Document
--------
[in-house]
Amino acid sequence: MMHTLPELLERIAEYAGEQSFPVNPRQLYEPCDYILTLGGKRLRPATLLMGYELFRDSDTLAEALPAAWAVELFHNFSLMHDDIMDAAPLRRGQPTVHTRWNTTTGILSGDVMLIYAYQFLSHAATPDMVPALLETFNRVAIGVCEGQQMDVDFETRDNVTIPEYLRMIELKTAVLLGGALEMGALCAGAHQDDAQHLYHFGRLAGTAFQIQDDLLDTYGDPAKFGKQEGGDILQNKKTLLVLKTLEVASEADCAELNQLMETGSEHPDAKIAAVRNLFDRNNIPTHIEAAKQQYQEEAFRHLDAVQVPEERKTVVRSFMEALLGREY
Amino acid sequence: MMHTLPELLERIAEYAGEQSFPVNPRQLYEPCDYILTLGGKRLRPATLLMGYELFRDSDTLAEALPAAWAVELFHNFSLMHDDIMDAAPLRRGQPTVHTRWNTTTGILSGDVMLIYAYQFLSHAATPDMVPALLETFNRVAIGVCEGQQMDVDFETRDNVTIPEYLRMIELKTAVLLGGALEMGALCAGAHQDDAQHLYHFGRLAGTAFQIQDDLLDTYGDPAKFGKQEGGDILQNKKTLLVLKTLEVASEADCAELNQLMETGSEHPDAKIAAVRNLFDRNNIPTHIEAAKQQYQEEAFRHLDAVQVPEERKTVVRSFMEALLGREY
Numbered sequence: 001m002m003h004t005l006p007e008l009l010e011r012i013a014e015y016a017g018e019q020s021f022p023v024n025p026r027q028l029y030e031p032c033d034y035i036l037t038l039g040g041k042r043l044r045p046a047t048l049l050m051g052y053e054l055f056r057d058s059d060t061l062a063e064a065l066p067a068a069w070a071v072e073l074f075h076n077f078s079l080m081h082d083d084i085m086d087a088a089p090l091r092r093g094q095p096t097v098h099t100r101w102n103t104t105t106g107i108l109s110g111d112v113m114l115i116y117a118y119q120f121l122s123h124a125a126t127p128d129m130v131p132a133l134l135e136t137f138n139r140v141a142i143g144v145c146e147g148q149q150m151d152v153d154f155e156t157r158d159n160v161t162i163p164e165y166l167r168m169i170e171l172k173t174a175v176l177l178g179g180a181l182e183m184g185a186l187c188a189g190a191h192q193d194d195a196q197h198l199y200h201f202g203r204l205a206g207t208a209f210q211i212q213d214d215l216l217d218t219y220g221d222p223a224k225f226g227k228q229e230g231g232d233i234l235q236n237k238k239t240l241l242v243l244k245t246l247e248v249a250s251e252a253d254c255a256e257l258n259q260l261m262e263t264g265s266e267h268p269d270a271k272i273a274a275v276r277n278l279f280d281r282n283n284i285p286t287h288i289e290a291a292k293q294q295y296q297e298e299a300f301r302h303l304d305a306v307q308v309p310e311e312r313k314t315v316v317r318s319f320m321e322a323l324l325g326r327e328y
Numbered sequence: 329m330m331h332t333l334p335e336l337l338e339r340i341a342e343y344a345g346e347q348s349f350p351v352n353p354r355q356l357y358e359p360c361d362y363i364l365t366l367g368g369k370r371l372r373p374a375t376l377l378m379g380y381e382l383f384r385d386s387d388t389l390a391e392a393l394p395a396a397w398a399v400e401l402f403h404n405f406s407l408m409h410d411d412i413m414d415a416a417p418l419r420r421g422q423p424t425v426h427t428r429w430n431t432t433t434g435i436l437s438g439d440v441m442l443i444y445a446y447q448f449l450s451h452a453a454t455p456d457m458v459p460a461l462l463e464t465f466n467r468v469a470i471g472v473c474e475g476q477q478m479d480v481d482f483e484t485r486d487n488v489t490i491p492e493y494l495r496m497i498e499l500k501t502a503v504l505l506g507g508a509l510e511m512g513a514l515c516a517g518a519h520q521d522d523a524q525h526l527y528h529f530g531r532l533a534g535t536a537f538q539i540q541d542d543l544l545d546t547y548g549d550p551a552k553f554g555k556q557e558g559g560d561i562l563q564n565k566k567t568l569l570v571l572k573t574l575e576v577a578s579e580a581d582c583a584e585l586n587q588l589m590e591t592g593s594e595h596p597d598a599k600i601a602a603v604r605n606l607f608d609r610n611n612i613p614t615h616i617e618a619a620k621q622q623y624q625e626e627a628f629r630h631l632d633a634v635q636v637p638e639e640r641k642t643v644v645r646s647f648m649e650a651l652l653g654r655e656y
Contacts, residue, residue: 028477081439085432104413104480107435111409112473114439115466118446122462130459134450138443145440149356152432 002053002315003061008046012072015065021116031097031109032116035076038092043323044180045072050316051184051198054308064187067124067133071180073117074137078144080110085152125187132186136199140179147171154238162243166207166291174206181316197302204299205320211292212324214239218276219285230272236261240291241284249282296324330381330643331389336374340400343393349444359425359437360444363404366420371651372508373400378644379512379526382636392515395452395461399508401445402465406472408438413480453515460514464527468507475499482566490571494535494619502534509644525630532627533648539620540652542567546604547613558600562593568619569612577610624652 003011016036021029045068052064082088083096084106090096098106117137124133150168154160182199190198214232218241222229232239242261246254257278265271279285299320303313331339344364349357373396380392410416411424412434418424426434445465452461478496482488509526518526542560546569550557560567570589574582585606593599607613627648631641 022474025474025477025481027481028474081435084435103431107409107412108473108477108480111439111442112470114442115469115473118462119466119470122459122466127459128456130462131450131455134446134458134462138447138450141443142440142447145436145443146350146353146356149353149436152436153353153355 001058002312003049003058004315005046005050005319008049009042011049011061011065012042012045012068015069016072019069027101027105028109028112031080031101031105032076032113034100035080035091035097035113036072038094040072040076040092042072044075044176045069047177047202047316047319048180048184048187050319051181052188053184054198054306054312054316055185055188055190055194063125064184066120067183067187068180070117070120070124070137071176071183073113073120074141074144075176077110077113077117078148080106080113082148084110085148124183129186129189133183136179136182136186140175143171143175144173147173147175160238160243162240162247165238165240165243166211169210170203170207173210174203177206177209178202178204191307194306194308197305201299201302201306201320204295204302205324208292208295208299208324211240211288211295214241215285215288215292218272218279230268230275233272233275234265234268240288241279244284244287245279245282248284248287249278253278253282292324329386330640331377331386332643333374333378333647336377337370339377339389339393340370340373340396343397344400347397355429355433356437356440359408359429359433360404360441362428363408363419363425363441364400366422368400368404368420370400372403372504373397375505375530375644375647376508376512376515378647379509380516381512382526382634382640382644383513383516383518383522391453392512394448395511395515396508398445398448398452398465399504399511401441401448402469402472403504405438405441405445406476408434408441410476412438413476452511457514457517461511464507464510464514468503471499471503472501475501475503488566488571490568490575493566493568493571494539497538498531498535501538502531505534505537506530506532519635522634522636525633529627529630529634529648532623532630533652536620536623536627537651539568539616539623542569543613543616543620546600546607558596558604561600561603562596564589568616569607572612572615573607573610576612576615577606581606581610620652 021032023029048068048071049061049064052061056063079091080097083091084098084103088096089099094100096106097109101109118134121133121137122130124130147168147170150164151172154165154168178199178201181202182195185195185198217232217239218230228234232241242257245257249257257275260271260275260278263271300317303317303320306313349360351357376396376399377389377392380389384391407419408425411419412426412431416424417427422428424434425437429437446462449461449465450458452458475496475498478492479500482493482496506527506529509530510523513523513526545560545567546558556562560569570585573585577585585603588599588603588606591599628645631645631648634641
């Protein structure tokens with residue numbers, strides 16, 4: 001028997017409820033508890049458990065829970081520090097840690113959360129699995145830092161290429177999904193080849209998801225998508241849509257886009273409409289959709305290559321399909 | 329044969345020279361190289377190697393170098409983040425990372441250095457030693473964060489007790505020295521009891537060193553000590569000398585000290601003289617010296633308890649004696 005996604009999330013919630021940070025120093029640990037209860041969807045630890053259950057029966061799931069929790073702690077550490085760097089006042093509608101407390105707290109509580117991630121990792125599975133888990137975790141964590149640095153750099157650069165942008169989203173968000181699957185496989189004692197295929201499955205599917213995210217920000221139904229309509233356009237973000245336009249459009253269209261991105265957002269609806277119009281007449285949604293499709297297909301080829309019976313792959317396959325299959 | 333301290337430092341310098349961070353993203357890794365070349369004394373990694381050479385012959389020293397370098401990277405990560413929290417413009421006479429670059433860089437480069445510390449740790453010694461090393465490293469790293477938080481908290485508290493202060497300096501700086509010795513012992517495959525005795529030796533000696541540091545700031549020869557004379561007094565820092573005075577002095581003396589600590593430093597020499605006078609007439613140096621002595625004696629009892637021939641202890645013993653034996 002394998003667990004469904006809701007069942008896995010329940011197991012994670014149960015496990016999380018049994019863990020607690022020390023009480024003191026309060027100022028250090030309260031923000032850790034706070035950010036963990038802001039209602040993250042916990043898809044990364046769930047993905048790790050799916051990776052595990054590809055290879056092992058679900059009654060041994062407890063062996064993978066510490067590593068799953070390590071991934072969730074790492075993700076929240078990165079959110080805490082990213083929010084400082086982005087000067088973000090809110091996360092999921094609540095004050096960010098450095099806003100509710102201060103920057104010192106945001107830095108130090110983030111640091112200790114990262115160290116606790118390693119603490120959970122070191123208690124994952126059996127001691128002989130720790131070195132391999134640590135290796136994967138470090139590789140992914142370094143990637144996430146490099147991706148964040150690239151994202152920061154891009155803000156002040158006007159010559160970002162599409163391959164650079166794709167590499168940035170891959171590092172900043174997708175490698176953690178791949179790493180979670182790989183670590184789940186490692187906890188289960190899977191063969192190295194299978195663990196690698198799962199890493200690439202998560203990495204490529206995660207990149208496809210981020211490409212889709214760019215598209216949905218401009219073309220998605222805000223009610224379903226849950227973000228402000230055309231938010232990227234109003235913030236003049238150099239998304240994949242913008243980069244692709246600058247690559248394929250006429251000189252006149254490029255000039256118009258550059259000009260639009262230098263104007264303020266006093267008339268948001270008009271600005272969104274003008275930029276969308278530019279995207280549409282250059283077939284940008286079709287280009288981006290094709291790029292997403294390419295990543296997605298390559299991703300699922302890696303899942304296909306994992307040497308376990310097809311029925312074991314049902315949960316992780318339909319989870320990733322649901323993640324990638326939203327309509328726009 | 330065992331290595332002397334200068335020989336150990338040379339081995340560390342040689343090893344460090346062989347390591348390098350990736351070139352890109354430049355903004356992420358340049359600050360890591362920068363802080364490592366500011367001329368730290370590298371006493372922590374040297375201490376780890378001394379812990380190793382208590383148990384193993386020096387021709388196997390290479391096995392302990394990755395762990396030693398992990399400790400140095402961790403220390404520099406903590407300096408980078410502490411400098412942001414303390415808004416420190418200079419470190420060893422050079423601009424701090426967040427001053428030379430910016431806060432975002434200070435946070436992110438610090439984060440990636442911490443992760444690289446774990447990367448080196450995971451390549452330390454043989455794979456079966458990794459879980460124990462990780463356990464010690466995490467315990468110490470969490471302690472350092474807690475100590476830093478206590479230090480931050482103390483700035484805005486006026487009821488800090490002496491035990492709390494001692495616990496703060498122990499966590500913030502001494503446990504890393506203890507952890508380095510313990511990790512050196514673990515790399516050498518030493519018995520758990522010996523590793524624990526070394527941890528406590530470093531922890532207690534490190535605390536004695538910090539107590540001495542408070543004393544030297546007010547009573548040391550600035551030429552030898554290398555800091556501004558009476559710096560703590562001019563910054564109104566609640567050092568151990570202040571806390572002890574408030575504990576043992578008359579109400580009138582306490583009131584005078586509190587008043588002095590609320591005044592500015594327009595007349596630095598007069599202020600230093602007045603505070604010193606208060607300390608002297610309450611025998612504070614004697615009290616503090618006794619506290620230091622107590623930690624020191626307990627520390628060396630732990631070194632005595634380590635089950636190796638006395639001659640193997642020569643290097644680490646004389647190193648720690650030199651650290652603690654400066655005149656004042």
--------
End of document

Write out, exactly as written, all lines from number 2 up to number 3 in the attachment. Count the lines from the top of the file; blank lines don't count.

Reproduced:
Amino acid sequence: MMHTLPELLERIAEYAGEQSFPVNPRQLYEPCDYILTLGGKRLRPATLLMGYELFRDSDTLAEALPAAWAVELFHNFSLMHDDIMDAAPLRRGQPTVHTRWNTTTGILSGDVMLIYAYQFLSHAATPDMVPALLETFNRVAIGVCEGQQMDVDFETRDNVTIPEYLRMIELKTAVLLGGALEMGALCAGAHQDDAQHLYHFGRLAGTAFQIQDDLLDTYGDPAKFGKQEGGDILQNKKTLLVLKTLEVASEADCAELNQLMETGSEHPDAKIAAVRNLFDRNNIPTHIEAAKQQYQEEAFRHLDAVQVPEERKTVVRSFMEALLGREY
Amino acid sequence: MMHTLPELLERIAEYAGEQSFPVNPRQLYEPCDYILTLGGKRLRPATLLMGYELFRDSDTLAEALPAAWAVELFHNFSLMHDDIMDAAPLRRGQPTVHTRWNTTTGILSGDVMLIYAYQFLSHAATPDMVPALLETFNRVAIGVCEGQQMDVDFETRDNVTIPEYLRMIELKTAVLLGGALEMGALCAGAHQDDAQHLYHFGRLAGTAFQIQDDLLDTYGDPAKFGKQEGGDILQNKKTLLVLKTLEVASEADCAELNQLMETGSEHPDAKIAAVRNLFDRNNIPTHIEAAKQQYQEEAFRHLDAVQVPEERKTVVRSFMEALLGREY